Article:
Lebanese MIT professor named winner of Great Arab Minds award

Fadil Adib recognised for significantly expanding the possibilities of wireless sensing technology

Fadel Adib is developing wireless technology that can sense the physical world in ways that were not possible before. Photo: MIT
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A Lebanese professor at the Massachusetts Institute of Technology who specialises in wireless technology and wireless sensing has become the second recipient of the Great Arab Minds Award.

Fadil Adib, associate professor at MIT, won the 2023 award in engineering and technology for his research and inventions that "have significantly expanded the possibilities of wireless sensing technology", the award announcement said.

Prof Adib said he was thrilled to win the award and earn recognition for his accomplishments in the Arab world.

"On one hand, it's an honour, and on the other hand, it's humbling to be considered as someone that younger generations are going to look up to and be inspired by," he told The National.

The 34-year-old tenured professor said he wished that there had been a Great Arab Minds Award when he was growing up in Tripoli.

"I wish there was something like this when I was growing up that had at least lessened some of those doubts because we have a lot of self-doubt," he said.

"And my hope is that it will encourage people to realise that by shedding light on the accomplishments that we've done, that they are capable of making significant impacts on the world, through technology and through science, and that if people work hard enough, then they're able to achieve accomplishments like this."

His research has led to advancements in various areas, including through-wall vision and sensing, enabling the detection of objects and vibrations behind walls, under rubble, and numerous other applications.

"In addition to his accomplishments in engineering and technology, Prof Fadel Adib has made substantial contributions to the field of ocean exploration, advancing deep-sea exploration by developing battery-free devices that harness energy from ocean waves," the announcement added.

Sheikh Mohammed bin Rashid, Vice President and Ruler of Dubai, who announced the award on social media, congratulated Prof Adib and praised him for his work to date.

"The Great Arab Minds Award aims primarily to boost the confidence of Arab individuals in their capabilities and potentials, introducing generations to honourable and exemplary role models," Sheikh Mohammed said, writing on X, formerly known as Twitter.

"Today, we proudly announce the winner of the Great Arab Minds Award in the field of engineering and technology, Professor Fadil Adib from Lebanon.

"He is an associate professor at the Massachusetts Institute of Technology who has published over 80 research papers and holds patents in the fields of engineering and technology.

"His significant contributions include advancements in wireless sensing, particularly in wireless communication and the detection of objects and vibrations behind walls and under rubble. Best of luck to Professor Fadil Adib!"

The Great Arab Minds initiative was set up by Sheikh Mohammed in January last year, to identify the brightest minds in the Arab world and harness their ideas.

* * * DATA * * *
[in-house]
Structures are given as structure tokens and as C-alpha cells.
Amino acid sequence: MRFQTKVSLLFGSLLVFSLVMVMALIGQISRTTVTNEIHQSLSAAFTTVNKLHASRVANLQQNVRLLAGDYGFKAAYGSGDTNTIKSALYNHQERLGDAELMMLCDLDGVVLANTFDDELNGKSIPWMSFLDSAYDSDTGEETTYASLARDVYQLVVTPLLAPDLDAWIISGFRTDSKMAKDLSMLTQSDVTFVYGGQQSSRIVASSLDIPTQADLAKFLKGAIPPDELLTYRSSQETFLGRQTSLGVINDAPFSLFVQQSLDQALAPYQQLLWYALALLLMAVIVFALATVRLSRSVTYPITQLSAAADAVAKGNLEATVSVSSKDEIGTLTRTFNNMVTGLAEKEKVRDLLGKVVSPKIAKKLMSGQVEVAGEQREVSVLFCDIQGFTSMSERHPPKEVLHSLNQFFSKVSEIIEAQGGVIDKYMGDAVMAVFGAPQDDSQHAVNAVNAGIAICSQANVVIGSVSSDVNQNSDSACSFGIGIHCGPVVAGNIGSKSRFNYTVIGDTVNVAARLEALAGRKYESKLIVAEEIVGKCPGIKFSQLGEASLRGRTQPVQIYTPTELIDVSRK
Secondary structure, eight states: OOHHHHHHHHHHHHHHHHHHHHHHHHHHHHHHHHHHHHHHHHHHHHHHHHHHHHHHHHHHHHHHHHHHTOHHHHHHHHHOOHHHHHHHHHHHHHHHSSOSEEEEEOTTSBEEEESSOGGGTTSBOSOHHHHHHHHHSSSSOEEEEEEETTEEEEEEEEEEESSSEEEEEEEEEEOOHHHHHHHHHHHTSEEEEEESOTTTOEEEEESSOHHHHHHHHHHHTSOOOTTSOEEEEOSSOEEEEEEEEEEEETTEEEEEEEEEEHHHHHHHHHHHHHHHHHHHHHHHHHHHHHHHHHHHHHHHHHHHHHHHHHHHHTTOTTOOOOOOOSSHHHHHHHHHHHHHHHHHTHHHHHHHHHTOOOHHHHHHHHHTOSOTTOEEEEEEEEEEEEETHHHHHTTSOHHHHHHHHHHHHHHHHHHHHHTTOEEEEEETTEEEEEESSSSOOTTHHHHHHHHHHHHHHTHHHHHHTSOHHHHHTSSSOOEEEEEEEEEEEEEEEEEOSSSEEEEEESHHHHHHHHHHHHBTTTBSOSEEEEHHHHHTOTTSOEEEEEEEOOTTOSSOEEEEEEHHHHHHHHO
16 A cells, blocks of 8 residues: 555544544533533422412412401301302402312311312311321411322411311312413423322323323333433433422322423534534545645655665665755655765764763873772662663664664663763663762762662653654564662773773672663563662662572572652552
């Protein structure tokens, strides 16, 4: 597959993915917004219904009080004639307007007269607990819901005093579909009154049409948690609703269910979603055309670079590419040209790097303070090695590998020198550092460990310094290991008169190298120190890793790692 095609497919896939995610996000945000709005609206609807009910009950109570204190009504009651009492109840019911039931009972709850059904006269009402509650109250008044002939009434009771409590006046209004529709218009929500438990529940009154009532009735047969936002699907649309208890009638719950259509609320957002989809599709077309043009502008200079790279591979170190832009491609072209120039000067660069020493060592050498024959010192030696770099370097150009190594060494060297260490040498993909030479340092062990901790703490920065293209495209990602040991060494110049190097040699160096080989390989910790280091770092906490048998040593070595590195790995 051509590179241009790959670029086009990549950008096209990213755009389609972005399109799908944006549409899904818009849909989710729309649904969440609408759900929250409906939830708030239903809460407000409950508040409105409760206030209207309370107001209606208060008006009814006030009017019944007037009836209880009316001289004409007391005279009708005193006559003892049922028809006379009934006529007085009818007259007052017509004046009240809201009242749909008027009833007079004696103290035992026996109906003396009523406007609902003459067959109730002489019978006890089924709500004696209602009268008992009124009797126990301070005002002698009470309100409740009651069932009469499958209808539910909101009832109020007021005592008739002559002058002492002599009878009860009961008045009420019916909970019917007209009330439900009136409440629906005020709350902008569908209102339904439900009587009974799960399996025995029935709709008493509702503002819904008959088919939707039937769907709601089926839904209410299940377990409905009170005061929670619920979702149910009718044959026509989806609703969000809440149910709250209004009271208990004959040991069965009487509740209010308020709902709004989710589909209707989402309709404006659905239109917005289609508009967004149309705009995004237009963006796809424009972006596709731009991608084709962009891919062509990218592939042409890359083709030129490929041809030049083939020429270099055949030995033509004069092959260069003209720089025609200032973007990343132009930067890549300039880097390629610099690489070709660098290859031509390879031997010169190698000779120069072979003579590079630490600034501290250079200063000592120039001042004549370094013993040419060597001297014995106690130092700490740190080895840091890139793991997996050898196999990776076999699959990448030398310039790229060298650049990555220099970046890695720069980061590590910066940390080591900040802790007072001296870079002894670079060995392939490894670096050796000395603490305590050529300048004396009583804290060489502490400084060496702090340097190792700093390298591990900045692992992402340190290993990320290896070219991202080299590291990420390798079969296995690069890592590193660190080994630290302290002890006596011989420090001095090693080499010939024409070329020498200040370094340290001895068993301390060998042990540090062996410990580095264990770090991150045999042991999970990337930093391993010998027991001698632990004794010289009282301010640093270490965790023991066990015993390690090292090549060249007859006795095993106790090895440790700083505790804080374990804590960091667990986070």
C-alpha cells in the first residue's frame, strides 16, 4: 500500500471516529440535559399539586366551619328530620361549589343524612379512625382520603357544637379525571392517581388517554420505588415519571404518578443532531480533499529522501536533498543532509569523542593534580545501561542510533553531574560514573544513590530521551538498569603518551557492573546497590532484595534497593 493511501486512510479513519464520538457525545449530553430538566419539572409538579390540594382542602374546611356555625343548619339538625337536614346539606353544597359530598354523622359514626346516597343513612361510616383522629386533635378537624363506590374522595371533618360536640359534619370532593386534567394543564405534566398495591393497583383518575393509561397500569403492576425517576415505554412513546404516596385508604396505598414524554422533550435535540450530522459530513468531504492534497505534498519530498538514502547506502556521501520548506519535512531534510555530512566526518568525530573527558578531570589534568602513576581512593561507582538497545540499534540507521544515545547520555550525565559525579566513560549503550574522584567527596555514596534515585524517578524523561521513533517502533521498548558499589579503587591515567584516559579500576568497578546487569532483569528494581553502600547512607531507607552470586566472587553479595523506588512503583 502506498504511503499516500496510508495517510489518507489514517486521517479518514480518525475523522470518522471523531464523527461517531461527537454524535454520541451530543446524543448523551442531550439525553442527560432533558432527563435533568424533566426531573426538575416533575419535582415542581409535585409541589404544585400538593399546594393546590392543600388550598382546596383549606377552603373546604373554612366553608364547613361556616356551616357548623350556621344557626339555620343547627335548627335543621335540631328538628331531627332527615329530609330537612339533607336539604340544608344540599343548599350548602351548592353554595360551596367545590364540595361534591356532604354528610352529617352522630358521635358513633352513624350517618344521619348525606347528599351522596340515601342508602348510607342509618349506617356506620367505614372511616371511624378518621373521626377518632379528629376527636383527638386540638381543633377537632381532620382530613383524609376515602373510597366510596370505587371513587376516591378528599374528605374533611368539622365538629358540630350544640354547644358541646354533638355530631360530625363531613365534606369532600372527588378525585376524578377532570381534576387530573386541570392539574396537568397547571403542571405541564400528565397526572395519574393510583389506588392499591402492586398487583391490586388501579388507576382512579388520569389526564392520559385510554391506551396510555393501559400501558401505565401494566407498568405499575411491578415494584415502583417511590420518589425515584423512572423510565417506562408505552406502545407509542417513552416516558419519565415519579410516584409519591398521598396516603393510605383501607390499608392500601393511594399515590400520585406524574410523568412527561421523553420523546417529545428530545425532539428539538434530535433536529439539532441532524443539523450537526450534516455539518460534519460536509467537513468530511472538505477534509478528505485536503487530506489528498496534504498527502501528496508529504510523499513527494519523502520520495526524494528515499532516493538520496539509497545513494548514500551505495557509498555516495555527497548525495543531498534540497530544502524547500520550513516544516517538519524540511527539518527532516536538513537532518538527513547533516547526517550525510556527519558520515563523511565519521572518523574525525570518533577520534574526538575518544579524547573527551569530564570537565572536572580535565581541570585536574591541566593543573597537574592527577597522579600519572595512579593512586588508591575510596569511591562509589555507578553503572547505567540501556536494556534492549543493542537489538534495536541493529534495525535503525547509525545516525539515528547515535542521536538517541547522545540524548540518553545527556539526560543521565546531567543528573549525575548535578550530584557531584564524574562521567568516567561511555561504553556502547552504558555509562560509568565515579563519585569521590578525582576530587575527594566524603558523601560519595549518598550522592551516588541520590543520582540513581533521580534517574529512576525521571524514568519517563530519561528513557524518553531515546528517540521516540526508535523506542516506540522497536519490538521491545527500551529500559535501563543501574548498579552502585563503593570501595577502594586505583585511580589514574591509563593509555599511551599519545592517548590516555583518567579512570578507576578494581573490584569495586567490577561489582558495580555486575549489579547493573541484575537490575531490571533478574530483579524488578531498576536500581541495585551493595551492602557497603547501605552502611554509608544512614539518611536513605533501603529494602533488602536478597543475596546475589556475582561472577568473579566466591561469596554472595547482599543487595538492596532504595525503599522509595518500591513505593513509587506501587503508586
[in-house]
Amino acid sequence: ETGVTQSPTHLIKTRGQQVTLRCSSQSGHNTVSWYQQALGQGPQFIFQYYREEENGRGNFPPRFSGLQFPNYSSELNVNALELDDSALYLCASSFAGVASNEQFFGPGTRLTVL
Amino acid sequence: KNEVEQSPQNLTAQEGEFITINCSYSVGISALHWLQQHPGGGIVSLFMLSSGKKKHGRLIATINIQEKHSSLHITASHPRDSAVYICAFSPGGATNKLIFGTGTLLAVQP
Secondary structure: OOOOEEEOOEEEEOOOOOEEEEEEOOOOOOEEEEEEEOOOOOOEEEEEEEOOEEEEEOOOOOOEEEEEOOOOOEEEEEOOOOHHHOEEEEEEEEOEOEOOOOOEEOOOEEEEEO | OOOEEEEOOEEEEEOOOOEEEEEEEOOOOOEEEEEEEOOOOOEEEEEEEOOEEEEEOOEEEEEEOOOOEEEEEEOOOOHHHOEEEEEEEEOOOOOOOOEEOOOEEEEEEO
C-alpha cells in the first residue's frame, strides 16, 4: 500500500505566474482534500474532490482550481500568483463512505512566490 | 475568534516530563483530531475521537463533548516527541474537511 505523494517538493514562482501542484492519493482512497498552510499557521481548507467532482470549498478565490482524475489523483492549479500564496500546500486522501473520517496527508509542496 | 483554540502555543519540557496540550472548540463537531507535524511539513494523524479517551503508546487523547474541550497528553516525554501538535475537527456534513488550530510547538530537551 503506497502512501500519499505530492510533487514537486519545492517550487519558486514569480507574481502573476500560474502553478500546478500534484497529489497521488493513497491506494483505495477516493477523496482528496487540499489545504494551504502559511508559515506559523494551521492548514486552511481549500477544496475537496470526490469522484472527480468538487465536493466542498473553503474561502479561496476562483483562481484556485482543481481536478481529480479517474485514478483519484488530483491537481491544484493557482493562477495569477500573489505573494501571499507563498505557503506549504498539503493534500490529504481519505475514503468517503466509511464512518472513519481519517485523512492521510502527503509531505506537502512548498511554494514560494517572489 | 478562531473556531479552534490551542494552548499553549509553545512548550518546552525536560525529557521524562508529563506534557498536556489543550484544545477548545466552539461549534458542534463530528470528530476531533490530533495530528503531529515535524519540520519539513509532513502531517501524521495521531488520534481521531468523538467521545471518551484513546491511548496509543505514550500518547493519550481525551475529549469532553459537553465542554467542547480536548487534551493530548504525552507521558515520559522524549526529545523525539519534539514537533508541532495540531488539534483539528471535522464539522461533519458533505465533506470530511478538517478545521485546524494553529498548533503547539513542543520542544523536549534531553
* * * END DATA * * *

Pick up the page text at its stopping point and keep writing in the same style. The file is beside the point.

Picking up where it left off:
Dubai's Museum of the Future is a base for the Dh100 million ($27.22 million) Great Arab Minds programme, which is overseen by four cabinet ministers.

Presenting to the President

After graduating from the American University of Beirut with a bachelor of engineering in computer and communications in 2011, Prof Adib received a Masters (2013) and PhD (2016) in computer science from MIT.

His research has led to several start-ups. He is currently chief executive and co-founder of Cartesian Systems, which "aims to sense the physical world at an unprecedented scale and precision", according to his biography on MIT's website.

His PhD research in 2016 led to the founding of Emerald Innovations, whose devices are used for remote health monitoring of thousands of patients.

In 2015, he gave a demonstration to President Barack Obama in the White House of a wireless device that uses Wi-Fi signals to track an individual’s movements.

Among the current projects his Signal Kinetics group is working on are battery-free underwater cameras that could explore uncharted regions of the oceans, tracking pollution and the effects of climate change.

Prof Adib is the second Great Arab Minds Award winner to be announced.

Last month, US-based Saudi surgeon Dr Hani Najm won the Great Arab Minds Award in Medicine for his innovative new ways of performing operations on patients with complex heart conditions.

Dr Najm, who works in Cleveland, Ohio, was honoured "in recognition of his outstanding contributions and pioneering innovations in the field of heart surgery for children and adults", the award announcement said.

The congenital cardiac surgery specialist has successfully performed thousands of operations, the announcement added.

Dh100 million budget

The initiative has a fund of Dh100 million to support and empower innovative and talented Arabs, providing opportunities for success, creativity, and achievement in their respective countries.

It is intended to halt the growing trend of brain-drain in Arab nations by encouraging talented individuals to stay in their home countries and make the most of the available resources.

The initiative seeks to help Arab thought leaders, scholars, and scientists translate their ideas into real-life breakthroughs and solutions.

It also strives to empower a cluster of Arab scientists and thinkers, as well as build a network of exceptional talent in various fields.

Updated: December 07, 2023, 6:33 PM